5. You’ll be doing your bit to help Scotland meet its ambitious food waste target

As a nation, we’ve made a small dent in reducing our food waste over the last decade, but we still have a long way to go. Scotland is committed to reducing our food waste mountain, by 33 per cent by 2025 and by 50 per cent by 2030. Let’s tear it down together – the view’s much better without all that waste in the way.

 

6. It helps to halt the insidious growth of your local landfill site

Carbon was burned in the growing, processing and shipping of your banana, avocado or hamburger. If food then bypasses its main destination (someone’s tummy) and ends up in a black sack dumped in landfill, it rots and releases some pretty noxious gases.  There’s a reason why landfill sites smell bad, and food is the main culprit. Food waste breaks down into methane, one of the most potent greenhouse gases. And on top of that, all the life-giving nutrients that were sucked up from the soil to grow the food, go to waste.

 

7. It preserves our most precious resourcewater

A staggering 69 per cent of the water consumed in the world is used for agriculture. For example, it takes an eye-watering 2,400 litres of water to make one hamburger. And one tomato drinks up around 27 litres. While water shortage is never a top concern in Scotland, it’s a major issue worldwide. A lot of the food we enjoy is grown in hot, dry areas of the world where aquifers are being drained. When we stop wasting food, we stop wasting water. 

 

8. You'll be helping to protect nature and wildlife

Growing food uses up a lot of land. If we cut food waste then we can give the acres we don’t need back to nature and wildlife. Wild places perform a multitude of ecosystem services – soaking up carbon, providing clean air and water, and preventing floods. Wildlife is under threat around the world. If we stop wasting food we can give nature a home and help it, and us, thrive…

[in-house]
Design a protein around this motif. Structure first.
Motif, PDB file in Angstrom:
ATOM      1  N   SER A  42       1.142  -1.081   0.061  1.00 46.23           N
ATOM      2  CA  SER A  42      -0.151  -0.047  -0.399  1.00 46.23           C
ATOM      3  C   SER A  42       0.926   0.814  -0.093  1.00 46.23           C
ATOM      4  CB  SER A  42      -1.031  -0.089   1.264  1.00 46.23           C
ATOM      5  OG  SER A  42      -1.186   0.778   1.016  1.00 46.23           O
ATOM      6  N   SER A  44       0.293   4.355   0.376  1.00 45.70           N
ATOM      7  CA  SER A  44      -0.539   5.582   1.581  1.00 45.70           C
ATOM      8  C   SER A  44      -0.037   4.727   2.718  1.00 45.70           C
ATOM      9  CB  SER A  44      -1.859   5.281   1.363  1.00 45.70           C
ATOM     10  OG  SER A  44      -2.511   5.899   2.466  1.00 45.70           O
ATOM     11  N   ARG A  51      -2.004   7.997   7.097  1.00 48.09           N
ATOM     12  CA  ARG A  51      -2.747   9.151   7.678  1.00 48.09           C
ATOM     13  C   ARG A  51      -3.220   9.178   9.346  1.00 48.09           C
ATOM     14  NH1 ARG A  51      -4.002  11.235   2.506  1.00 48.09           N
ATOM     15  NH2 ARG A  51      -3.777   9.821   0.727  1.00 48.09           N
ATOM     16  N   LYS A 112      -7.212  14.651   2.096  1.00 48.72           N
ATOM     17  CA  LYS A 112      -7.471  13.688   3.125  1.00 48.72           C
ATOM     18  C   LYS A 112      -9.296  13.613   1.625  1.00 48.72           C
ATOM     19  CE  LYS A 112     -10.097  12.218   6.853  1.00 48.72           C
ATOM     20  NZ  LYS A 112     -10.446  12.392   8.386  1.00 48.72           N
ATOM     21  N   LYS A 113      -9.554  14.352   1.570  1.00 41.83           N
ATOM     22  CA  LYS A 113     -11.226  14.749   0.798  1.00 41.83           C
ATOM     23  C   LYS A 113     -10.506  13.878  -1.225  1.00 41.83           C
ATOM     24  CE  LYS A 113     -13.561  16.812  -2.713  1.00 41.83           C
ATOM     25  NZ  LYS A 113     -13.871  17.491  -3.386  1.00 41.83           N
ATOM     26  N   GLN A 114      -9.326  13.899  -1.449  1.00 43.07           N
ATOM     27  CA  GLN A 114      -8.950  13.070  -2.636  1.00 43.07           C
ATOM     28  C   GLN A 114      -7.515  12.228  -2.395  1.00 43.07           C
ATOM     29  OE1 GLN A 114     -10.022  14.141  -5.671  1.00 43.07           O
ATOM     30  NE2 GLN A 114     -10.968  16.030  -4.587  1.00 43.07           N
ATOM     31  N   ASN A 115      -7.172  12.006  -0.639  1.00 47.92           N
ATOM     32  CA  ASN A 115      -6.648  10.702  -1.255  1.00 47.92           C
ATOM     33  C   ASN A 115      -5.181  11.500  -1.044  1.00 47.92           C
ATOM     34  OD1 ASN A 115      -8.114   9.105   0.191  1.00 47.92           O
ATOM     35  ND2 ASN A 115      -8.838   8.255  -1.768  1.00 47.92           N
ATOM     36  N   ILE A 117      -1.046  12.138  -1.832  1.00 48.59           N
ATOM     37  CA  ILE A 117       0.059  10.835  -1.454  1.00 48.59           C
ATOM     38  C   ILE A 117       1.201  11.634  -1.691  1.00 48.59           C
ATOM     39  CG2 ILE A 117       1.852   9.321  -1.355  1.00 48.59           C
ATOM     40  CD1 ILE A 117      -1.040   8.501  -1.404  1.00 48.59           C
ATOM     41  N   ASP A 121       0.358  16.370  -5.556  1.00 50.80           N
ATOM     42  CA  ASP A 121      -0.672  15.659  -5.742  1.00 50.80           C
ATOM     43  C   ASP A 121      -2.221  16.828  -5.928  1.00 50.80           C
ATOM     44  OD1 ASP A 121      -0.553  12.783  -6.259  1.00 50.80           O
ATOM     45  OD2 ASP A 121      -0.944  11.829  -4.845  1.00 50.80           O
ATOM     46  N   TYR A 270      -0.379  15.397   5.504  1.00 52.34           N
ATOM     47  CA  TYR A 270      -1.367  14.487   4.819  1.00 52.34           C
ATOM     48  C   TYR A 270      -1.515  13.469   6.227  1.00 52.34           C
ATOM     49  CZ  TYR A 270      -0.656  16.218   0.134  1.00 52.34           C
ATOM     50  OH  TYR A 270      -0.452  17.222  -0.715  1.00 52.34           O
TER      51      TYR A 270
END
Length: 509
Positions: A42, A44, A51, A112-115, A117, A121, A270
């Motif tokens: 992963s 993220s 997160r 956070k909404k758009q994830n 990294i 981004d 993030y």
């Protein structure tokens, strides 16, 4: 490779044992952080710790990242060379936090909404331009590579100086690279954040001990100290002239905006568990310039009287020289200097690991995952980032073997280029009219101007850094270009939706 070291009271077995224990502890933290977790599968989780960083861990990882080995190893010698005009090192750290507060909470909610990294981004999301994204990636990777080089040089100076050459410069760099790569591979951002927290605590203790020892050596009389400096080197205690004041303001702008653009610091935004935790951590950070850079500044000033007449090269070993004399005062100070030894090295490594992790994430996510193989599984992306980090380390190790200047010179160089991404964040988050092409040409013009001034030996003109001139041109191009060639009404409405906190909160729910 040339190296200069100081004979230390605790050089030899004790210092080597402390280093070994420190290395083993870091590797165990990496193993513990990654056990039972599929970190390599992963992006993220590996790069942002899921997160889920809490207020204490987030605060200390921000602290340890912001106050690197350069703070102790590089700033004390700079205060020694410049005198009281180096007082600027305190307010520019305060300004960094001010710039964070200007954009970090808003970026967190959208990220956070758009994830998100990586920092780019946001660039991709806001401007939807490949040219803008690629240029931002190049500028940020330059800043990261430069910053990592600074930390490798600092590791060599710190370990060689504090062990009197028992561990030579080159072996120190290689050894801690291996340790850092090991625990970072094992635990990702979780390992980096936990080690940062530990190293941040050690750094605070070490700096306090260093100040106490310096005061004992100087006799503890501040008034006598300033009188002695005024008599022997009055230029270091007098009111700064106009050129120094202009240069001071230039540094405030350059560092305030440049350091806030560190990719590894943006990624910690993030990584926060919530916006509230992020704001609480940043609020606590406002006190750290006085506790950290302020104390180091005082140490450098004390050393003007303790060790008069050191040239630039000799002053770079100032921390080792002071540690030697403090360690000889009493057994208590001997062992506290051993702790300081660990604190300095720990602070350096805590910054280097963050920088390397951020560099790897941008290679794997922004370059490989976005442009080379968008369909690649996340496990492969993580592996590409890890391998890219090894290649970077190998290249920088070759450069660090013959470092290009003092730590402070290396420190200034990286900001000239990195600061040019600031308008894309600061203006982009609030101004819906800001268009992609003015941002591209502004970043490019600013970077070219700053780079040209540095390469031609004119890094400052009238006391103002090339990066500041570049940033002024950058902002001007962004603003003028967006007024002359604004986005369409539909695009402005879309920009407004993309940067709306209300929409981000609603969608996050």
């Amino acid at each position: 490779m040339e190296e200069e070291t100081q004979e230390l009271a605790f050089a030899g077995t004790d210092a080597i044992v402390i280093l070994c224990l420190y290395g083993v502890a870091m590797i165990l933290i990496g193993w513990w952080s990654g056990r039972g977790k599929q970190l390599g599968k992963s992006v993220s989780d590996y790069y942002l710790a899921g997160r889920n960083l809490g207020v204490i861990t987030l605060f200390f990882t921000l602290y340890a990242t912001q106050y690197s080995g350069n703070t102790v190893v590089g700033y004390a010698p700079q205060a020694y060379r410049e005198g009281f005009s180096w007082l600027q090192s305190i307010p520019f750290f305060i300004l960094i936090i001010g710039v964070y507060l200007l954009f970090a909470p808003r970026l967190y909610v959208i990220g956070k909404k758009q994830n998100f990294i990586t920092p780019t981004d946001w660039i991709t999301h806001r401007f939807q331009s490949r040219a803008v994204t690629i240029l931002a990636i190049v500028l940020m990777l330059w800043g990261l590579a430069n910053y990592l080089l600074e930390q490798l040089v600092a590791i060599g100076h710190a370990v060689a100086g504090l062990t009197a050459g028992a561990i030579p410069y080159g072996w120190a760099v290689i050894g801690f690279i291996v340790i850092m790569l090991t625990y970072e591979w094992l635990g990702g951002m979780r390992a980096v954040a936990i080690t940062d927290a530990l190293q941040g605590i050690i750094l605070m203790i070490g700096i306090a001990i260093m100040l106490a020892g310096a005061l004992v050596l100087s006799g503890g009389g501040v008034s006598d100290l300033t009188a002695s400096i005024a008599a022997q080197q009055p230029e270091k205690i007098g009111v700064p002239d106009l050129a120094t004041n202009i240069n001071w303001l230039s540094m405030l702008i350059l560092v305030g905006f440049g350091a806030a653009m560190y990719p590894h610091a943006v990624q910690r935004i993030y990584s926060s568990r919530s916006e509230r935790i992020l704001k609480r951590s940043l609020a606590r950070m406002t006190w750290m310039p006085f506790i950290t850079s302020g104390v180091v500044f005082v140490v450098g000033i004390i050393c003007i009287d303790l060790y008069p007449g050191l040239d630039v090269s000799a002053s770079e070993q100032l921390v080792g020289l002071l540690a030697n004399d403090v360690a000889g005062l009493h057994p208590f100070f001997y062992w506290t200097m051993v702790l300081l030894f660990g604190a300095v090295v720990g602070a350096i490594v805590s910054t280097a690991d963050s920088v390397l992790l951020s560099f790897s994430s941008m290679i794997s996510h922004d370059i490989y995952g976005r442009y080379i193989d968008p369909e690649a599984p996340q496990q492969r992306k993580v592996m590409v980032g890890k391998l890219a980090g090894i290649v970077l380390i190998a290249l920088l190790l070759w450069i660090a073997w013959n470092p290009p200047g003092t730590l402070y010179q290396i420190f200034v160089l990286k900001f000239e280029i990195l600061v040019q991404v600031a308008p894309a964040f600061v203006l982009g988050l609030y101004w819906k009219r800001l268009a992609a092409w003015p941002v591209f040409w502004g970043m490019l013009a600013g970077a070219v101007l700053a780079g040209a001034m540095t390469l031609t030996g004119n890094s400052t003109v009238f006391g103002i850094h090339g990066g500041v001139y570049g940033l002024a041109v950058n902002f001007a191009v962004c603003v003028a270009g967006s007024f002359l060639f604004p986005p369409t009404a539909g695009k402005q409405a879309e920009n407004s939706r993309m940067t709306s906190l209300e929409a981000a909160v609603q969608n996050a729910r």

9. What’s good for others is good for you

When your staff, customers and suppliers know what you’re doing and why, it creates a sense of camaraderie. We’re all in this planet saving business together, and reducing food waste is a major global imperative. If you can help awaken consciousness and alter habits, then you’re playing a crucial role in shaping a healthy and prosperous future for all of us. And that just makes good business sense.  

 

10. It keeps you on the right side of the law

While the carrot is always preferable to the stick, there are regulations now that every large food business should be aware of. The Waste (Scotland) Regulations 2012 act requires that urban food businesses such as restaurants, leisure clubs, cafes, hotels, schools and nursing homes separate out food waste. Think of the time you’ll save if you don’t have much to separate…

 

We can help you prevent food waste

If you’re a food and drink business, we can help you prevent unnecessary food waste. Call 0808 808 2269 or email foodanddrink@resourceefficientscotland.com and ask about our free food waste audits.